ds and a half of his works. At 7 P. M. Smith carried with a cloud of tirailleurs the lines on a portion of his front, in spite of the heroic resistance of General Henry A. Wise, and held on to them during the night. Had Hancock, who was on the morning of the 15th on the south side of the James, been ordered to Petersburg, he coult around his right rear and break up his railroad connections was promptly perceived by Lee. General Anderson was sent at once, with Bushrod Johnson's division and Wise's brigade, to his extreme right. Pickett's division was also transferred to that point, and Fitz Lee's division of cavalry was brought from the north side of Jamelry were withdrawn during the night to the Southside Railroad, and were joined there by Hunton's brigade of Pickett's division and by General Bushrod Johnson, with Wise's, Gracies's, and Fulton's brigade, all under the command of General R. H. Anderson. The disaster at Five Forks was the beginning of the end. Two large infantr
Fitzhugh Lee, General Lee, Index. (search)
ion, 10. White House, 164, 167. White Oak Swamp, 153, 162. White, Professor, 281. White, William, of Lexington, 406. Whiting, General W. H. C., 155. Whittier, Colonel, of Humphreys's staff, 391. Wickham family, the, 305. Wigfall, Senator, of Texas, 332. Wilcox's brigade at Gettysburg, 279-297. Wilderness, battles of the, 329. Wilderness tavern, 247, 329. William and Mary College, 33. William the Conqueror, 2, 141, 278. Williams, General, Seth, 262, 389, 390. Windsor Forest estate, 18. Windsor, General, Charles, 180. Wirtz, Captain, trial of, 407. Wise, General Henry A., 76, xno, 113, 117, 118, 119, 123, 347. Withers, John, 150. Wolsey, Cardinal, mentioned, 65. Wool, General John E., 34, 35. Worth, General William J., 400. Wright, General H. G., succeeds Sedgwick, 334. Yellow Tavern, battle of, 337. Yorktown, 136. Young Napoleon, 114. Ziegler's Grove at Gettysburg, 296. Zook, General, killed at Gettysburg, 302. The End.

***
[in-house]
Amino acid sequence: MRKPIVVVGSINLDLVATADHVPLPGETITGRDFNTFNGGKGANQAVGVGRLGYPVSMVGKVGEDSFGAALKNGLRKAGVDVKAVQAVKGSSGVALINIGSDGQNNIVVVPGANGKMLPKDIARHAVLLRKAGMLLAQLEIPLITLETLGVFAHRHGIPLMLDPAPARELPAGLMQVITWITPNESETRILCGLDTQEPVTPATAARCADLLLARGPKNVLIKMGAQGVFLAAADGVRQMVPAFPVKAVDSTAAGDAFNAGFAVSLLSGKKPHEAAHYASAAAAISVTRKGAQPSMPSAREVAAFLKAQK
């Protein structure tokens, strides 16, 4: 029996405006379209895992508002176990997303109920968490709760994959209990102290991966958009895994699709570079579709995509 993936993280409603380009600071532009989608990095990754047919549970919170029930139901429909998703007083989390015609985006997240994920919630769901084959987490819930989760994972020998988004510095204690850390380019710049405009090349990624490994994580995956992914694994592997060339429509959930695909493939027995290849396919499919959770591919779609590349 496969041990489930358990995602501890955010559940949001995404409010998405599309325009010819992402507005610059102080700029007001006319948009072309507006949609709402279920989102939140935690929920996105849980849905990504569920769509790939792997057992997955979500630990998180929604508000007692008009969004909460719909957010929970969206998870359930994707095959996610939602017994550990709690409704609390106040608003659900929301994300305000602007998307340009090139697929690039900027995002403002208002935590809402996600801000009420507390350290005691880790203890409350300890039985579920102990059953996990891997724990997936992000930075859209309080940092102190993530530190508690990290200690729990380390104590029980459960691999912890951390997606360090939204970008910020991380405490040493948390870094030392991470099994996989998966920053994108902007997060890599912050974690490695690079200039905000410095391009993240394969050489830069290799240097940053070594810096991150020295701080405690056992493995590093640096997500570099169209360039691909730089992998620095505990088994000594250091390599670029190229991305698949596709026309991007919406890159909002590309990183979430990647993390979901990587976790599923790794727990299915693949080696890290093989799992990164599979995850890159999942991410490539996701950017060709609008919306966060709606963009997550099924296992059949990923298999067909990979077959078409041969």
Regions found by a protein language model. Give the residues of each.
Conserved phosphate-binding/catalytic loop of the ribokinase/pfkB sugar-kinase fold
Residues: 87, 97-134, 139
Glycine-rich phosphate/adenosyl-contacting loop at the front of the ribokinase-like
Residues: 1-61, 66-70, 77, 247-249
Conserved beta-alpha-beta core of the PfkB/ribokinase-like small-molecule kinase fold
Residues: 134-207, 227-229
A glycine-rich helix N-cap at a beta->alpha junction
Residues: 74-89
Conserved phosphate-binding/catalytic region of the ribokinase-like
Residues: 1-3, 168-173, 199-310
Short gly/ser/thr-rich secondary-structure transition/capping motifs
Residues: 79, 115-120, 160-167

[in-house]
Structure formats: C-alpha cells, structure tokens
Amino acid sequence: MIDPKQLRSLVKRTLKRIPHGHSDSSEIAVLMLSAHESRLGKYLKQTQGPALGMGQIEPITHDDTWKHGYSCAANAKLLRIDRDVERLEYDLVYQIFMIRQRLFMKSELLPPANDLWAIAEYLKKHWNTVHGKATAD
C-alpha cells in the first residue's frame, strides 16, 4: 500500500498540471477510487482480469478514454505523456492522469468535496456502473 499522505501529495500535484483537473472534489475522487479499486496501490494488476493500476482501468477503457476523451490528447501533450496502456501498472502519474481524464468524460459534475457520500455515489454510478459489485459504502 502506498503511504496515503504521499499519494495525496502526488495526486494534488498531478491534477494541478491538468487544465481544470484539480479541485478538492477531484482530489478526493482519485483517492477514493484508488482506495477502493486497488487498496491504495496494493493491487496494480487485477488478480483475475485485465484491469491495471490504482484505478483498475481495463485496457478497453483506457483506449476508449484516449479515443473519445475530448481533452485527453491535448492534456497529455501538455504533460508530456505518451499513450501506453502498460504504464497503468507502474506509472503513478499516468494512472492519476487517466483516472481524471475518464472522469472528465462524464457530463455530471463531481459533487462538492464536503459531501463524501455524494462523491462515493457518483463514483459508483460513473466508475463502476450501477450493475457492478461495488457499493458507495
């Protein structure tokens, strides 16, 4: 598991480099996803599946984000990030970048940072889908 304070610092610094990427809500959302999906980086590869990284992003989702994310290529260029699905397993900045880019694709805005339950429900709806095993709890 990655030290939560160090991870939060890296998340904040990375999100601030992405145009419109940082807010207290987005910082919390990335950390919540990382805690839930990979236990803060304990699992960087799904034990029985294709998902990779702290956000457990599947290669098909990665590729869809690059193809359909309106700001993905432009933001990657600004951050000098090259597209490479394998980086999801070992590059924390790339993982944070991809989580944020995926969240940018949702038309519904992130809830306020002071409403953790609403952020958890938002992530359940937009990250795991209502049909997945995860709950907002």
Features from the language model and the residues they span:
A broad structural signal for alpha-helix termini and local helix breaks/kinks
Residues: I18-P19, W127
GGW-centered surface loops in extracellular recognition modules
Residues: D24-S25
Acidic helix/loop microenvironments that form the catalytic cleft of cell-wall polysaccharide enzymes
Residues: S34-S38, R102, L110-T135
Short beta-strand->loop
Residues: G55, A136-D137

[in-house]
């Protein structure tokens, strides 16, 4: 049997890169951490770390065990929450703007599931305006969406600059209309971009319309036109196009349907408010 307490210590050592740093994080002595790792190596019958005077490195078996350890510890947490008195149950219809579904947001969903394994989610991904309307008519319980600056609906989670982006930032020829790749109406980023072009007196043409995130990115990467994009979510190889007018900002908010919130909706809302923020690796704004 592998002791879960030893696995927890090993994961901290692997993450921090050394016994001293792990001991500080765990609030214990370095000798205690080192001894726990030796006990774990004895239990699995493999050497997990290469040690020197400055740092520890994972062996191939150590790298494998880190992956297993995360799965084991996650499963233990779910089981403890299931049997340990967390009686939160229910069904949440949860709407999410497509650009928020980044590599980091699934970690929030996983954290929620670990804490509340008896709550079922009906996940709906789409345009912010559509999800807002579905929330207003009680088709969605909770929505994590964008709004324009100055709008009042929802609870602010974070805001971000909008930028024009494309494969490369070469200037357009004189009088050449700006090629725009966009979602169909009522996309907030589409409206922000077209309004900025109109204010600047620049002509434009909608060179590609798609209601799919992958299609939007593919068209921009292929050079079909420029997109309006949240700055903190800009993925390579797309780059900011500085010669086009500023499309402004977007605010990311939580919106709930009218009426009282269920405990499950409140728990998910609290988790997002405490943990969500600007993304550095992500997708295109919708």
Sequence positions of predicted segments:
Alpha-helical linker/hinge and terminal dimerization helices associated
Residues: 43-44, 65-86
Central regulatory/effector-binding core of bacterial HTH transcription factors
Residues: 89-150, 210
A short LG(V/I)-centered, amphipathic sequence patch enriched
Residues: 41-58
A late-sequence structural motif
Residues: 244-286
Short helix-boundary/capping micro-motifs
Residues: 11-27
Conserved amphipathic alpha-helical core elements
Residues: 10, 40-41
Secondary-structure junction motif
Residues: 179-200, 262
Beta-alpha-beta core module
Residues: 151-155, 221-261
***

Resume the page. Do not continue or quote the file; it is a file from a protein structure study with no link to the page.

Mrs. John A. Logan, Reminiscences of a Soldier's Wife: An Autobiography, Chapter 10: (search)
uthorities for throwing out matter deemed unmailable on account of its political character. Mr. Blaine was in the chair. As quick as a flash he beckoned some one to the chair and took his place on the floor. As soon as Tucker had finished, Mr. Blaine addressed the chair, saying: If the gentleman from Virginia will permit, I should like to ask him a question. Mr. Tucker assented. Mr. Blaine continued: Were you not attorney-general for the State of Virginia during the administration of Henry A. Wise as governor of Virginia, and did not you decide that a postoffice official in the State of Virginia had committed no offence by the destruction of copies of the New York Tribune? This question Mr. Tucker admitted to be quite true, and thereby lost the whole point of his argument in the case then under discussion. That evening we were dining with Mr. Blaine, and as I sat on his right I remarked to him that I was astonished at his memory. He told me that at the time of Tucker's decisio